The ruling limited forced drugging of the non-violent accused to occasions that Justice Breyer hopes will be “rare,” but avoids talk of a defendant’s freedom of thought, a right that would be violated by forcing mind-altering drugs on him despite his protests. The decision does set a high standard; it mandates that forced medication orders for each nondangerous defendant pass a four-part test. Future prosecutors who want to drug a defendant into competence will have to demonstrate that the medication is necessary to significantly further the government’s interest in adjudicating fair trials and is medically appropriate.

There’s also the question of whether antipsychotic medications can really force anyone to be sane enough to face trial, not to mention the ethics of forcibly changing the mental state of the accused with mind-altering drugs. The justices could have said, yes, the contents of our brains are deeply private and must be inviolable. They had an opportunity to protect both the bodily integrity and the mental freedom of the accused, but instead handed down a decision that simply tightens the standards of forcible drugging.

In any case, antipsychotic medications are not panaceas-they don’t suddenly render a person sane. Many would go so far as to say that Thorazine, Mellaril, Haldol, and the rest simply mask the symptoms of mental illness, creating “artificial sanity” rather than providing a cure. The side effects of many of these drugs can be severe, as well: facial twitches, drooling, depression, altered speech, permanent neurological damage.

As Morpheus said in the latest Matrix sequel, “It’s about control.” Sell’s prosecutors wanted to force a mental state on an insane and unwilling person in order to prop him up on the stand and convict him. Justice Scalia’s dissenting opinion in the case reflects this desire.

Scalia, (joined by Justices Thomas and O’Connor) fretted that defendants will see Sell v. US as an open invitation to misuse the system and delay trial. To permit pretrial appeals like Dr. Sell’s, Justice Scalia claimed, provides an “obvious opportunity for gamesmanship.” Further, he wrote, it will encourage “the disruption of criminal proceedings” by defendants who might be eager to sidetrack the progression of a trial. But it isn’t as if Sell is attempting to avoid trial; he’s been insisting he be brought to trial, unmedicated, all along. Though the decision allows him to avoid the indignity of having a needle filled with some very potent drugs shoved into his vein, too, he will likely remain incarcerated indefinitely.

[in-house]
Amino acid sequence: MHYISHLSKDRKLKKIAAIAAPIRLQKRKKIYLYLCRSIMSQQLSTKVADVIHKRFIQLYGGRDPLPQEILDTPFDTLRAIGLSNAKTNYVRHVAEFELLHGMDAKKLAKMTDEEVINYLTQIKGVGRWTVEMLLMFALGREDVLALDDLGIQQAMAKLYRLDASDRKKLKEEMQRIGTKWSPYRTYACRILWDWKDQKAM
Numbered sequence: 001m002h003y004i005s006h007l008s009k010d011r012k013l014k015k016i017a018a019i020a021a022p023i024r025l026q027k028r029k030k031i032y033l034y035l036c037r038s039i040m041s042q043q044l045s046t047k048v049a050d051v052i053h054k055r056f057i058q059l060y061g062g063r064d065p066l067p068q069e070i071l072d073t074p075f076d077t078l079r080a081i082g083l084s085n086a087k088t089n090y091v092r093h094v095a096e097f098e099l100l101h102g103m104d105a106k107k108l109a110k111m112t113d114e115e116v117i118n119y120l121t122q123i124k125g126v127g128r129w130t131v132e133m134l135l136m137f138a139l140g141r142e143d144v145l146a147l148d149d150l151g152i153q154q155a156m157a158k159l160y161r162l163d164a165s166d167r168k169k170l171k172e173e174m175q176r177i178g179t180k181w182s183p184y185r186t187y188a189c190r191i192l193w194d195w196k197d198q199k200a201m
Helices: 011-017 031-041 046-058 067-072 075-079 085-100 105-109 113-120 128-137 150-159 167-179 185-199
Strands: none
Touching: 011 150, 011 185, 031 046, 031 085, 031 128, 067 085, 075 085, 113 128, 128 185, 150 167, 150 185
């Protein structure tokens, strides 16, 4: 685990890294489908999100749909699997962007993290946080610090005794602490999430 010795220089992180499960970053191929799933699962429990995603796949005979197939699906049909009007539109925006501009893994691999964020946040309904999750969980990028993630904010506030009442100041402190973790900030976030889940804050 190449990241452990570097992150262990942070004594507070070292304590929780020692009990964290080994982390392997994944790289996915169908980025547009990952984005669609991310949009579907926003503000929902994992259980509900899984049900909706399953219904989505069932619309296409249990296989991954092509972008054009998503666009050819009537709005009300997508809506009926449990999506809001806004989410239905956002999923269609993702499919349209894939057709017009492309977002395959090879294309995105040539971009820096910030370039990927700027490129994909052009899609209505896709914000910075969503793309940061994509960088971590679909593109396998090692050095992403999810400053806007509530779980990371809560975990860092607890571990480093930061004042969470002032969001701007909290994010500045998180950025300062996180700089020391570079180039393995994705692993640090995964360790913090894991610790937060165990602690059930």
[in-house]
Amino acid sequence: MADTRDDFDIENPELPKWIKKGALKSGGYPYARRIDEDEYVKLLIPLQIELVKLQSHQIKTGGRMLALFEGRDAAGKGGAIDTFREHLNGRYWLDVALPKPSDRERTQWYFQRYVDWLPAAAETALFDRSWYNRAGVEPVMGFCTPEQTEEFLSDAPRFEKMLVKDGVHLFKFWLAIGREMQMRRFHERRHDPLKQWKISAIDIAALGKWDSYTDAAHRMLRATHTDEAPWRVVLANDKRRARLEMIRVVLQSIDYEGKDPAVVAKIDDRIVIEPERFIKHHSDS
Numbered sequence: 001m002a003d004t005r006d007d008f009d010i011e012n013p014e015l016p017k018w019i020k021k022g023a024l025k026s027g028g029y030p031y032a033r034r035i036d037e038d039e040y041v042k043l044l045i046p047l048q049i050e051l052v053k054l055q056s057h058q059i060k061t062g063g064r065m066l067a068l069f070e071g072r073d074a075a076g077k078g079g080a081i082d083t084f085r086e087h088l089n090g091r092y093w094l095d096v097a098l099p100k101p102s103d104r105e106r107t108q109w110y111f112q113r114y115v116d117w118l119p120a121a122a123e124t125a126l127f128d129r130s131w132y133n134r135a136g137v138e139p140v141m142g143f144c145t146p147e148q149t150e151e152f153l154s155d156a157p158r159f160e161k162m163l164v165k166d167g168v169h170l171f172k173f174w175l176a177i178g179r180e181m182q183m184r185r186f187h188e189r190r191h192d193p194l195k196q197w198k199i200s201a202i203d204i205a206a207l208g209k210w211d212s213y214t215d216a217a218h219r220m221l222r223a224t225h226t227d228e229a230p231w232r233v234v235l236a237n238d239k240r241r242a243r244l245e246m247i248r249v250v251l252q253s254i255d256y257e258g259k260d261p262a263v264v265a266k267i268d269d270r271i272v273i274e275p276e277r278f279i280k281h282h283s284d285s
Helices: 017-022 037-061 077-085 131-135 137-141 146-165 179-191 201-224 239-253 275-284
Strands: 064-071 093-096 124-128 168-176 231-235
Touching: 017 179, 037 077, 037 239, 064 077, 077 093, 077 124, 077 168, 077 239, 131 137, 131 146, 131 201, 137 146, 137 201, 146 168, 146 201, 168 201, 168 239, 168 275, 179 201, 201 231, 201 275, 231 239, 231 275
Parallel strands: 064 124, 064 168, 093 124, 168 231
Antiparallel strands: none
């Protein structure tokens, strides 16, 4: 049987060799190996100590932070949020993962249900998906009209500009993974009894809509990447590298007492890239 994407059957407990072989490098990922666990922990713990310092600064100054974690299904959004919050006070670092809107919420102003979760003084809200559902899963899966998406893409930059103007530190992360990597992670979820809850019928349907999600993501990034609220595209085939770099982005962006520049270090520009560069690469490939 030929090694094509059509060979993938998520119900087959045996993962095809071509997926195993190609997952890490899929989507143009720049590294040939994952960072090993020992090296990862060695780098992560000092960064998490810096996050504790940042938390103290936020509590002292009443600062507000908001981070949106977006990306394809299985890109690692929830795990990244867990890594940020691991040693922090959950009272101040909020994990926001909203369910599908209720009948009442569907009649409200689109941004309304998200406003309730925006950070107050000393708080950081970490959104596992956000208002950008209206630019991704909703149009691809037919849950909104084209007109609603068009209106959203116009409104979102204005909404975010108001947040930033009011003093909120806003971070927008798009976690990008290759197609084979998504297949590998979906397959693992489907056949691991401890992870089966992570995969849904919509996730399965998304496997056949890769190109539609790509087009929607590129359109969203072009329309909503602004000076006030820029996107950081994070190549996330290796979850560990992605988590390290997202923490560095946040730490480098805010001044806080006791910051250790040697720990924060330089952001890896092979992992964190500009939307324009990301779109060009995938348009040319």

The idea of an altered mental state forced on us against our will haunts our culture: the popularity of books like 1984 and Brave New World, not to mention films like Jacob’s Ladder and The Matrix, testify to this recurrent fear. Pharmacology and psychiatry are easy routes for this sort of abuse of power; in fact, in the former Soviet Union, dissidents were often declared insane, then drugged and imprisoned in psychiatric hospitals to keep them quiet. With the Sell decision, the US won’t become that nightmarish anytime soon. Yet, faced with one of the more persistent dystopian horrors of the era, the justices evaded the core issue: the defendant’s right to cognitive liberty.

Ironically, one of the delusions that led to Dr. Sell’s diagnosis of delusional disorder was the idea that the government was “out to get him;” a contention that, in retrospect, is a bit difficult to argue with. The Court did recognize Dr. Sell’s catch-22; by refusing medication, he ensured his continued confinement. The price of Sell’s resistance to drugging is high: the odds are good that he will “rot with his rights on” in a mental institution, and never be brought to trial.

Fortunately, the Sell decision will be strictly limit the involuntarily drugging of the accused. It is hubris, pure and simple, to believe that a person can be chemically forced into sanity; it is worse for the government to believe that it has the right to do so.

HEIDI LYPPS is director of communications at the Center for Cognitive Liberty & Ethics. She can be reached at: nemo@cognitiveliberty.org.